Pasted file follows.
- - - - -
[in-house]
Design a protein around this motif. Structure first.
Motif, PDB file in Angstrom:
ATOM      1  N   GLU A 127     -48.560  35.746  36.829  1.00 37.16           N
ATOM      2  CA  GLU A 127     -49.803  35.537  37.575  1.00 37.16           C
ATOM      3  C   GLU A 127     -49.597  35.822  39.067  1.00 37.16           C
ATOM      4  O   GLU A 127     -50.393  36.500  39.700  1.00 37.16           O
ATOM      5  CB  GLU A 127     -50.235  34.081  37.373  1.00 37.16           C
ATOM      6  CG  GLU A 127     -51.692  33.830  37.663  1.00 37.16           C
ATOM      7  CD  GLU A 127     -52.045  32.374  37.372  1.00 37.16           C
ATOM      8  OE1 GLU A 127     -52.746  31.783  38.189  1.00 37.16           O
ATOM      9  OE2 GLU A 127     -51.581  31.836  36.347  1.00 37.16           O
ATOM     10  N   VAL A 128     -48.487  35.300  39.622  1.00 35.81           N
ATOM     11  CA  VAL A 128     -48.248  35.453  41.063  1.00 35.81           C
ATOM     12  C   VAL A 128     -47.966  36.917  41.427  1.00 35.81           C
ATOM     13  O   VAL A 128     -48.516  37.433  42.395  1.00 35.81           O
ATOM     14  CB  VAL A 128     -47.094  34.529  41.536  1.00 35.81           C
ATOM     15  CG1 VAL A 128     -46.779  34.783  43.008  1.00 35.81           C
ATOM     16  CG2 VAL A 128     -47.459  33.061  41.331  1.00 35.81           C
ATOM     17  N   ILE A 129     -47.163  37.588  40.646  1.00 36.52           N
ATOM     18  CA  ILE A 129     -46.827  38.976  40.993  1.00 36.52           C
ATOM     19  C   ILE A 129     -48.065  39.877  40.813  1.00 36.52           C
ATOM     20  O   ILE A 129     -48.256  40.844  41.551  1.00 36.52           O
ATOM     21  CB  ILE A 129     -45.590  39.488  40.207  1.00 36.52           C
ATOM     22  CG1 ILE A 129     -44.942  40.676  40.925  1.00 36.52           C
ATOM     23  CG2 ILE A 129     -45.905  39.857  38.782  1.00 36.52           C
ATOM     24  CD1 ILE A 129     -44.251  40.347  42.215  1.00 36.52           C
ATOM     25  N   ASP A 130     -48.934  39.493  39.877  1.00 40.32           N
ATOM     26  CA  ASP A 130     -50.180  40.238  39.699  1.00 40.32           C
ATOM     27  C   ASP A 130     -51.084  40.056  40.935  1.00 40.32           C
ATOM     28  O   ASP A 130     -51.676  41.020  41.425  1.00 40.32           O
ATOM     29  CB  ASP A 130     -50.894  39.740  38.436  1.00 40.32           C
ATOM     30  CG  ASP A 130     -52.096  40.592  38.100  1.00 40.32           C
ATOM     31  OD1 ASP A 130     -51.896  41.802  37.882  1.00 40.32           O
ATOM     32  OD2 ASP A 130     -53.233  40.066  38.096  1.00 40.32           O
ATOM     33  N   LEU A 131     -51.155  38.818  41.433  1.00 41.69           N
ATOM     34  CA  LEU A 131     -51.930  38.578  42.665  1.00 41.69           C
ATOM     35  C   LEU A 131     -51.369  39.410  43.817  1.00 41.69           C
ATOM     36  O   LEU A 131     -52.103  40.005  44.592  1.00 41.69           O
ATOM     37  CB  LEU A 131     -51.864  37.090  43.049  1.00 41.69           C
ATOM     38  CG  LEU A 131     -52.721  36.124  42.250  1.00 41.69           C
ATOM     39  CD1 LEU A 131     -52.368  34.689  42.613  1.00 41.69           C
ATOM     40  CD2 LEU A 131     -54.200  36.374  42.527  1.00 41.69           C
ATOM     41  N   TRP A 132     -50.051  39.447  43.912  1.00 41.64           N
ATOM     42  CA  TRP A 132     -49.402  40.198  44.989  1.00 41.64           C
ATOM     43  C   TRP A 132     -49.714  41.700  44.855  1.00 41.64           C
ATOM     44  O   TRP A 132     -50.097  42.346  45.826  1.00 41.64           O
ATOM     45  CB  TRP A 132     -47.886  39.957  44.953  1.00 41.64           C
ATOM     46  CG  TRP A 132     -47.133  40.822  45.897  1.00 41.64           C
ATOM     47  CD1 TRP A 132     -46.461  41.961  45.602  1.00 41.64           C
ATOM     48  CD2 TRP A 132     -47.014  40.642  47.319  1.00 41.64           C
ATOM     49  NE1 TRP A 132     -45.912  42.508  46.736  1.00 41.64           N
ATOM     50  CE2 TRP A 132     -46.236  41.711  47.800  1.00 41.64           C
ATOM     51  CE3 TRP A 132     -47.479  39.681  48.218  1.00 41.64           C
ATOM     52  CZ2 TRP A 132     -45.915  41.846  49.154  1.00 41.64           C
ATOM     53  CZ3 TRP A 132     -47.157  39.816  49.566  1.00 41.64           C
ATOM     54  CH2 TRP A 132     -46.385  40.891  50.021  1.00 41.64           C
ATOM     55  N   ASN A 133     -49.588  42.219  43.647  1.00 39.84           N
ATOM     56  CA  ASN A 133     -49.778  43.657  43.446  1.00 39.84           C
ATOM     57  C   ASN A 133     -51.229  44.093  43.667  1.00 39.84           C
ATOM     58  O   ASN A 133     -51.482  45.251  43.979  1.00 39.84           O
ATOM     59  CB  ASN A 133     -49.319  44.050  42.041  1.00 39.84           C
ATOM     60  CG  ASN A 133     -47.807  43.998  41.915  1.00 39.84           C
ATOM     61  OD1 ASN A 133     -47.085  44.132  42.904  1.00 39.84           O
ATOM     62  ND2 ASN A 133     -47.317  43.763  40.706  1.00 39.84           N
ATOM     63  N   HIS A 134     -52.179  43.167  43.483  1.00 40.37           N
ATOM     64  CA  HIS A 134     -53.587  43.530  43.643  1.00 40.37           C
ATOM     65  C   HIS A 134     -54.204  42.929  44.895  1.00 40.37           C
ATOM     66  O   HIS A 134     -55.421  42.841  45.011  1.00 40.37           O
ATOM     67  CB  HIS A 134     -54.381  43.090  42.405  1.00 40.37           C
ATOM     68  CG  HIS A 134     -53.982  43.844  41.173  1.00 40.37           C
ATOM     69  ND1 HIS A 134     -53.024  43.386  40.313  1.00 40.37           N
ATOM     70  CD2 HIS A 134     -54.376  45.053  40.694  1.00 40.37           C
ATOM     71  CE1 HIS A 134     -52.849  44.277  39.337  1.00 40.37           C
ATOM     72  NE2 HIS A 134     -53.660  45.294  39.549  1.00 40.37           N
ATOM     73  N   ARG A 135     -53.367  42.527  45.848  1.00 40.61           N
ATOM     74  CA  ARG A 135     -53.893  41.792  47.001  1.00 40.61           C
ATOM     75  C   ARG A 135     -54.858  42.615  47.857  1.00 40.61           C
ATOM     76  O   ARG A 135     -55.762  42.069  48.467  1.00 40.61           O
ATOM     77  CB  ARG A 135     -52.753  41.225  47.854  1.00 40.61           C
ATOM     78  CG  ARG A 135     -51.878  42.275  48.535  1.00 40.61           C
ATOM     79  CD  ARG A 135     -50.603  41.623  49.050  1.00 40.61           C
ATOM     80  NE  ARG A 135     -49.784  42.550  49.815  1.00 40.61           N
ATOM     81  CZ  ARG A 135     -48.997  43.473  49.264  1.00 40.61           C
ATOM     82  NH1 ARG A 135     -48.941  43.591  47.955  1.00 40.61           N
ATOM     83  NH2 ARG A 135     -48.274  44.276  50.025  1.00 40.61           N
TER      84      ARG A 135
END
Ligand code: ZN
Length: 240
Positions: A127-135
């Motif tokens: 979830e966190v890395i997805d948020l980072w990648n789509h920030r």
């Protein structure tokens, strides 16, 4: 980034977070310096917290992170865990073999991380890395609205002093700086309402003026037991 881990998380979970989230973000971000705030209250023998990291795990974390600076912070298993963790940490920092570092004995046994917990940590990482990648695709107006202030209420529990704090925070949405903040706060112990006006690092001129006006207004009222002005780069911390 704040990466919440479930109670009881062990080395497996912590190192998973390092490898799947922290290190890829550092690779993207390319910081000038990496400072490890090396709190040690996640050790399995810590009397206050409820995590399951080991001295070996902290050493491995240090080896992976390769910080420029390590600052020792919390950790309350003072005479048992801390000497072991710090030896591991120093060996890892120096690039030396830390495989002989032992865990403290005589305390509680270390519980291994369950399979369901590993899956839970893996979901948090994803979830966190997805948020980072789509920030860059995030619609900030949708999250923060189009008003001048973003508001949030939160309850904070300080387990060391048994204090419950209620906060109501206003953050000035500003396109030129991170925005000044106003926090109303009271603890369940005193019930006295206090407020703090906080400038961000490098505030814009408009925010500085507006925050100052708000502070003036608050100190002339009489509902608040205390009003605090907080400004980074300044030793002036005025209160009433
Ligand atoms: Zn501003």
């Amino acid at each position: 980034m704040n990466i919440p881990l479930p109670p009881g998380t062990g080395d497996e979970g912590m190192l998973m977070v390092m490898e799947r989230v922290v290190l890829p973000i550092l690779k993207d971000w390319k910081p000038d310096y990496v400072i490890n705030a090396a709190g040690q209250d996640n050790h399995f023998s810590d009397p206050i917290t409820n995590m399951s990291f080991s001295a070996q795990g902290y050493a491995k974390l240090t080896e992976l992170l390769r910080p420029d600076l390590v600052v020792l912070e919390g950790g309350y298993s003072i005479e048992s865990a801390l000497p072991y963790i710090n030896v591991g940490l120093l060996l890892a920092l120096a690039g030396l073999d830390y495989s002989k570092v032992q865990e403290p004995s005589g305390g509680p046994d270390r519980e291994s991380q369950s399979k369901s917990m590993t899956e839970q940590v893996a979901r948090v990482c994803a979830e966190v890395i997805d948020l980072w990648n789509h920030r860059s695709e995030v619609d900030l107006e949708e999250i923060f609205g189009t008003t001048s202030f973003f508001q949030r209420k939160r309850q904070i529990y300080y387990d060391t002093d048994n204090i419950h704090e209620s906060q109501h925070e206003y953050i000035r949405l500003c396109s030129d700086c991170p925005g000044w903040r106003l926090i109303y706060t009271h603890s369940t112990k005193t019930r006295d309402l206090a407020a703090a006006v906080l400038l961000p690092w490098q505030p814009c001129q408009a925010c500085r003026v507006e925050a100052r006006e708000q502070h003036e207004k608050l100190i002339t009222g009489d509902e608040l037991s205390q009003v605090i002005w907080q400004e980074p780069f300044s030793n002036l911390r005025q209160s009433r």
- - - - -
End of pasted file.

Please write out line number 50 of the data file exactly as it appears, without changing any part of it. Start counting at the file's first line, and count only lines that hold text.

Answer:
ATOM     47  CD1 TRP A 132     -46.461  41.961  45.602  1.00 41.64           C